Early warning system for harmful algal blooms by determination of cholophyll-a concentration changes.
WHAT ARE ALGAL BLOOMS AND WHY MONITOR THEM?
Algal blooms tend to form in presence of ideal condition of temperature, nutrients and light. Algal blooms become harmful when colonies of algae—simple plants that live in the sea and freshwater—grow out of control while producing toxic or negative effects on people, fish, shellfish, marine mammals, and birds.
The human illnesses caused by harmful algal blooms, though rare, can be debilitating or even fatal.
Harmful algal blooms’ occurence are on the rise and are becoming a major environmental concern in many states, not only because they affect the health of people and marine ecosystems, but also the prosperity of local economies.
In consequence, governments and environmental authorities request effective algal bloom monitoring tools.
WHY CHLOROPHYLL-A DETECTION?
Chlorophyll-a concentration is the most commonly used parameter for measuring algal concentration or biomass, and assessing the occurence of algal blooms.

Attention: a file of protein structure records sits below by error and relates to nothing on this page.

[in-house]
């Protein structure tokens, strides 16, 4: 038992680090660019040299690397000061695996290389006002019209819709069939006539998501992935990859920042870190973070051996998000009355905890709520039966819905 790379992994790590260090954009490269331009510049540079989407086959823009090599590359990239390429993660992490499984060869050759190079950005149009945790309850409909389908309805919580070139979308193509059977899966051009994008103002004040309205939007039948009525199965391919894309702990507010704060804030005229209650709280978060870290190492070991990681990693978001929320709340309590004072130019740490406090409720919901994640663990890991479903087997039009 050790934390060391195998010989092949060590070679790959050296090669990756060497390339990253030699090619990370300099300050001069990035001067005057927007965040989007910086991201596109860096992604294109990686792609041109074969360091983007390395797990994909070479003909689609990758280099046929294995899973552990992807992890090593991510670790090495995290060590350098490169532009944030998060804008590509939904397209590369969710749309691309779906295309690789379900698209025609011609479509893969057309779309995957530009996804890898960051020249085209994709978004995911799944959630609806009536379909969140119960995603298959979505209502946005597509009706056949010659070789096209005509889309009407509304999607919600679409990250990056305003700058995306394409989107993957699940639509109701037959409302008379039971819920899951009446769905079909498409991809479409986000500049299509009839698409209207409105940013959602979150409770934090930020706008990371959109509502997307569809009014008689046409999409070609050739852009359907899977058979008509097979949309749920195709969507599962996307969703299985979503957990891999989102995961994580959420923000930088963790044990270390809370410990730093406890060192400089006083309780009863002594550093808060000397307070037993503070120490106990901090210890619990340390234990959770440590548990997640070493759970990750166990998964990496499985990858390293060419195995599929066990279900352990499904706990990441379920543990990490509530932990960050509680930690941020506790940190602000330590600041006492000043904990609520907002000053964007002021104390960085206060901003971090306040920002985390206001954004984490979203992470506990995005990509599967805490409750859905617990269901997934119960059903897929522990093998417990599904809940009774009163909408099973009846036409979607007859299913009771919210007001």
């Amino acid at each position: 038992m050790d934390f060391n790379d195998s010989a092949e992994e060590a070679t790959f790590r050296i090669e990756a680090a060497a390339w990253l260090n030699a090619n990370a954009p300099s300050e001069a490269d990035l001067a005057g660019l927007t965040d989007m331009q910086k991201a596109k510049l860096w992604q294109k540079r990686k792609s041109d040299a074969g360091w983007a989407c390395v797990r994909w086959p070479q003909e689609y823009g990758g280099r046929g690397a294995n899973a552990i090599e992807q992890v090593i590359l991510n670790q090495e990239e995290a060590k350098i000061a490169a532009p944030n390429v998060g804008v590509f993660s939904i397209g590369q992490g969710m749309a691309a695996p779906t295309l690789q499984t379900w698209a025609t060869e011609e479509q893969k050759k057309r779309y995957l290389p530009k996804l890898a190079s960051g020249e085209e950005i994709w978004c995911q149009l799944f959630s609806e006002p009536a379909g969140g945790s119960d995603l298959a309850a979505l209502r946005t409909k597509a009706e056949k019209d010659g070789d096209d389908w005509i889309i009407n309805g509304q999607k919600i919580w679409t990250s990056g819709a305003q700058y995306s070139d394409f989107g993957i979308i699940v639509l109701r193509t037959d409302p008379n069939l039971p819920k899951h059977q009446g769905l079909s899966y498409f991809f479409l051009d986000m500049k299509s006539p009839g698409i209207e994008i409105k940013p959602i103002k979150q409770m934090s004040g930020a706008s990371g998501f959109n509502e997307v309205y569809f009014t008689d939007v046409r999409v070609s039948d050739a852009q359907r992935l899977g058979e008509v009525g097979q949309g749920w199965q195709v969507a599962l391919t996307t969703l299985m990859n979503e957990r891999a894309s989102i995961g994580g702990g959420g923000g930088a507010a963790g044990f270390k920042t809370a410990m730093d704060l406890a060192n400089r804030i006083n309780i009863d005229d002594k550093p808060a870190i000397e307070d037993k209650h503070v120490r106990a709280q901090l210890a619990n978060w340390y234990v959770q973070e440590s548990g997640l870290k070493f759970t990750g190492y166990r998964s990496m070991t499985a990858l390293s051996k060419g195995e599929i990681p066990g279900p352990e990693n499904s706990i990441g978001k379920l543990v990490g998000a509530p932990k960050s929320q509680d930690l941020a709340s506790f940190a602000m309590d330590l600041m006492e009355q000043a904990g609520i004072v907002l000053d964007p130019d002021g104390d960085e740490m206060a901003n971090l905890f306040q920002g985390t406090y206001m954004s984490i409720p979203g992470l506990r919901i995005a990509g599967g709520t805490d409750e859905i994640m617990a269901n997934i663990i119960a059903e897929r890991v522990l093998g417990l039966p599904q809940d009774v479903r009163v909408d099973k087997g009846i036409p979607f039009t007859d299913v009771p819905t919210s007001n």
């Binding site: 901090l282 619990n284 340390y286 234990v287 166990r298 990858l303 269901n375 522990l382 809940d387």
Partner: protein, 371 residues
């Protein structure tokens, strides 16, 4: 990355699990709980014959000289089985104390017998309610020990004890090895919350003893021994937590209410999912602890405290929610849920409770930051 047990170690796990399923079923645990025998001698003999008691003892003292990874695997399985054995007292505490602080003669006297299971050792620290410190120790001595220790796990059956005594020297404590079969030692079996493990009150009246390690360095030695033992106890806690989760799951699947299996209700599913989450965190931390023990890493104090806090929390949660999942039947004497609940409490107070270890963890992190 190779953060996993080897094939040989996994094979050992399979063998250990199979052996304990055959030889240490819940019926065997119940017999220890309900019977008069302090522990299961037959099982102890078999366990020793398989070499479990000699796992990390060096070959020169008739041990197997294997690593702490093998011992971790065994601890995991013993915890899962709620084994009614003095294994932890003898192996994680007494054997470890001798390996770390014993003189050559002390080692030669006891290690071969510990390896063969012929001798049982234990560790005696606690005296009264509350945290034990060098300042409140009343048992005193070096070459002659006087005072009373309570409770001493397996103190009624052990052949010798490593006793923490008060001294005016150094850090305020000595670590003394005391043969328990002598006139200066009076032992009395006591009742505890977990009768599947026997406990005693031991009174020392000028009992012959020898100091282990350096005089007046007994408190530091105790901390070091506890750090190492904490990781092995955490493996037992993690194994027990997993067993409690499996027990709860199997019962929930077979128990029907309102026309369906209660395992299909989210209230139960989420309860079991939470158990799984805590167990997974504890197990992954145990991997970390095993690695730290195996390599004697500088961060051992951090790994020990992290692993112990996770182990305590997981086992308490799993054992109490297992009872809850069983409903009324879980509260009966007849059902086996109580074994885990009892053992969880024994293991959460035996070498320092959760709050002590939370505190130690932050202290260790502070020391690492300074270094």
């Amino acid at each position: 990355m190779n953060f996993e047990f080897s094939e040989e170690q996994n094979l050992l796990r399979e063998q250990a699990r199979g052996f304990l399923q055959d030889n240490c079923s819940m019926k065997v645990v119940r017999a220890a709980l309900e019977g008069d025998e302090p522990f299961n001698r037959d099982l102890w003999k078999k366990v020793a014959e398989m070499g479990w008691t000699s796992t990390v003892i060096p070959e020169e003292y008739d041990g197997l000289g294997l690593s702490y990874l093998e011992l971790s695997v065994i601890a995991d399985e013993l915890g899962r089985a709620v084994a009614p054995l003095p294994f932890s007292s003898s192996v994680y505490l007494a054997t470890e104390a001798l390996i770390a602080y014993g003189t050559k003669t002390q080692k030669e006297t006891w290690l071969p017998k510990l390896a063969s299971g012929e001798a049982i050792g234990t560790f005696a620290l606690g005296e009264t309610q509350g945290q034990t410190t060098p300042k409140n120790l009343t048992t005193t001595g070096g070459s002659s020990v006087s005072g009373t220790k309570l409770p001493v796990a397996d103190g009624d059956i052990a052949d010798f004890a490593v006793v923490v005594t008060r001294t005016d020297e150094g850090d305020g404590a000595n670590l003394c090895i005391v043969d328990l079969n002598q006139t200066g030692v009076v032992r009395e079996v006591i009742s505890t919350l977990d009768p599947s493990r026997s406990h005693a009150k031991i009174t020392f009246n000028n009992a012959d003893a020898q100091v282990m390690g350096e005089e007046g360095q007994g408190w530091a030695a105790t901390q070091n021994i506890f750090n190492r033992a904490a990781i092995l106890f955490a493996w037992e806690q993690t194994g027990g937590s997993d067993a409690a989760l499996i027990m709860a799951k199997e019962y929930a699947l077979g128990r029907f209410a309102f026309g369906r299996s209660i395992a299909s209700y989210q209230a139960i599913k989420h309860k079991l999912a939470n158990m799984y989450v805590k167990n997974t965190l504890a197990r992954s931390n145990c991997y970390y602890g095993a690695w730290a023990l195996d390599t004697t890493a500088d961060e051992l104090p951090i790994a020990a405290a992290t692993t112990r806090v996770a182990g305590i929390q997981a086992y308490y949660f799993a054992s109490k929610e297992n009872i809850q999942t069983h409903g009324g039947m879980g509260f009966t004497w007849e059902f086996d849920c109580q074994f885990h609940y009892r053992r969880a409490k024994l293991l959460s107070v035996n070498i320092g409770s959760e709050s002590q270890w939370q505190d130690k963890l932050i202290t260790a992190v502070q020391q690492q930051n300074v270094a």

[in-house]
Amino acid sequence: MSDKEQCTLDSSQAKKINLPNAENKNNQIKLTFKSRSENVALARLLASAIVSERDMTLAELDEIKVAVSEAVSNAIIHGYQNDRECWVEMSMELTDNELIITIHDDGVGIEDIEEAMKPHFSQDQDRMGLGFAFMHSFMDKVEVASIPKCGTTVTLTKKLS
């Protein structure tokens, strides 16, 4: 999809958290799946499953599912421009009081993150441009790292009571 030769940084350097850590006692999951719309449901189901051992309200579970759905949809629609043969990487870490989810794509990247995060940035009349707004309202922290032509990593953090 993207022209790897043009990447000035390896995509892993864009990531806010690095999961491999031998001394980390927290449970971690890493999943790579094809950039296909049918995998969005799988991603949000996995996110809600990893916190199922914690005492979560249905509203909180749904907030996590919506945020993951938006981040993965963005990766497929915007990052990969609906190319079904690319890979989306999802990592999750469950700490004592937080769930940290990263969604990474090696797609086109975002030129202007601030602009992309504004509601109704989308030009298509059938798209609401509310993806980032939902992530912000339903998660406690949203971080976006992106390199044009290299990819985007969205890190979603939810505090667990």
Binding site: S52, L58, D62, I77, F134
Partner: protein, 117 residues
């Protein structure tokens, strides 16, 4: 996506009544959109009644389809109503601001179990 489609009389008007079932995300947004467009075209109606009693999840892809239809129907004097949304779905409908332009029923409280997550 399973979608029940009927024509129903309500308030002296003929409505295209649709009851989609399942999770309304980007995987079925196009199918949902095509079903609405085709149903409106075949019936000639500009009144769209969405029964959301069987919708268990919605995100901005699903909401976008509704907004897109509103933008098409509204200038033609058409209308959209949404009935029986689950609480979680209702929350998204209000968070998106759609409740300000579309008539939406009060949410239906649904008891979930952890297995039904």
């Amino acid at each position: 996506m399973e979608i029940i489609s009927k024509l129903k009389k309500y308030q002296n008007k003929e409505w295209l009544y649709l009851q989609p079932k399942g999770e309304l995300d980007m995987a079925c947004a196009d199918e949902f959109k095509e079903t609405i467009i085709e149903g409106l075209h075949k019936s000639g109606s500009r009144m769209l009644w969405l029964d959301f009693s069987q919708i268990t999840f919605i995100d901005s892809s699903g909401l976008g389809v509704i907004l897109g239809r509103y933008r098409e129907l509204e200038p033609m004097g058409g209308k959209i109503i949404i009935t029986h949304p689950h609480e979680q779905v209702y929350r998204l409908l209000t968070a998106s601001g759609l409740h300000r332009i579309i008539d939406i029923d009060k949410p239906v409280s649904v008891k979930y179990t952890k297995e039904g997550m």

All photosynthetic organisms contain chlorophyll. Among all forms of chlorophyll, only chlorophyll-a is common to all algae.
A few micrograms of chlorophyll-a per litre are considered to be normal. Concentrations beyond 10 or 20 μg/L are evaluated as algal bloom.
Only a small amount of the algal biomass is eaten by zooplankton, the remains sink to the bottom where they are decomposed by bacteria.
Oxygen at the bottom can fall to stress levels for most organisms or even to near zero - causing death of the ecosystem in the area.